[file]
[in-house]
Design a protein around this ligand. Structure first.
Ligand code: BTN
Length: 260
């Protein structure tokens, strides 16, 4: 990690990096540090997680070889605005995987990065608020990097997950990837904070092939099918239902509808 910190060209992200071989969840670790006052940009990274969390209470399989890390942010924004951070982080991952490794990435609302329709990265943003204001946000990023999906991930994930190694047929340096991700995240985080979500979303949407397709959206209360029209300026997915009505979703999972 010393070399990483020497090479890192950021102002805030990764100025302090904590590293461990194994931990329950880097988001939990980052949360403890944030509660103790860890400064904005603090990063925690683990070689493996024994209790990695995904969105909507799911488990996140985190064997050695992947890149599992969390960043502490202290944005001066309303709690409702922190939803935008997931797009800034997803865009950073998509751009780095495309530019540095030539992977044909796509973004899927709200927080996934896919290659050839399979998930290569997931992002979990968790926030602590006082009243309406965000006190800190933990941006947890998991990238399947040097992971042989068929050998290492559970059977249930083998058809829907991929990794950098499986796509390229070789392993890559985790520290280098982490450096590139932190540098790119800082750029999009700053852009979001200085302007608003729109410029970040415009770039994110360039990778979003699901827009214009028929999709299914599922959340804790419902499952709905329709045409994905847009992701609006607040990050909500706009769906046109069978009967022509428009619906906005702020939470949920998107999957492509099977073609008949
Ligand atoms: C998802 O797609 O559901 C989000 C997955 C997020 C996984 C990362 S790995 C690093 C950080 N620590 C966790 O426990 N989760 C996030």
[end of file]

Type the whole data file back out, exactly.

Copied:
[in-house]
Design a protein around this ligand. Structure first.
Ligand code: BTN
Length: 260
């Protein structure tokens, strides 16, 4: 990690990096540090997680070889605005995987990065608020990097997950990837904070092939099918239902509808 910190060209992200071989969840670790006052940009990274969390209470399989890390942010924004951070982080991952490794990435609302329709990265943003204001946000990023999906991930994930190694047929340096991700995240985080979500979303949407397709959206209360029209300026997915009505979703999972 010393070399990483020497090479890192950021102002805030990764100025302090904590590293461990194994931990329950880097988001939990980052949360403890944030509660103790860890400064904005603090990063925690683990070689493996024994209790990695995904969105909507799911488990996140985190064997050695992947890149599992969390960043502490202290944005001066309303709690409702922190939803935008997931797009800034997803865009950073998509751009780095495309530019540095030539992977044909796509973004899927709200927080996934896919290659050839399979998930290569997931992002979990968790926030602590006082009243309406965000006190800190933990941006947890998991990238399947040097992971042989068929050998290492559970059977249930083998058809829907991929990794950098499986796509390229070789392993890559985790520290280098982490450096590139932190540098790119800082750029999009700053852009979001200085302007608003729109410029970040415009770039994110360039990778979003699901827009214009028929999709299914599922959340804790419902499952709905329709045409994905847009992701609006607040990050909500706009769906046109069978009967022509428009619906906005702020939470949920998107999957492509099977073609008949
Ligand atoms: C998802 O797609 O559901 C989000 C997955 C997020 C996984 C990362 S790995 C690093 C950080 N620590 C966790 O426990 N989760 C996030």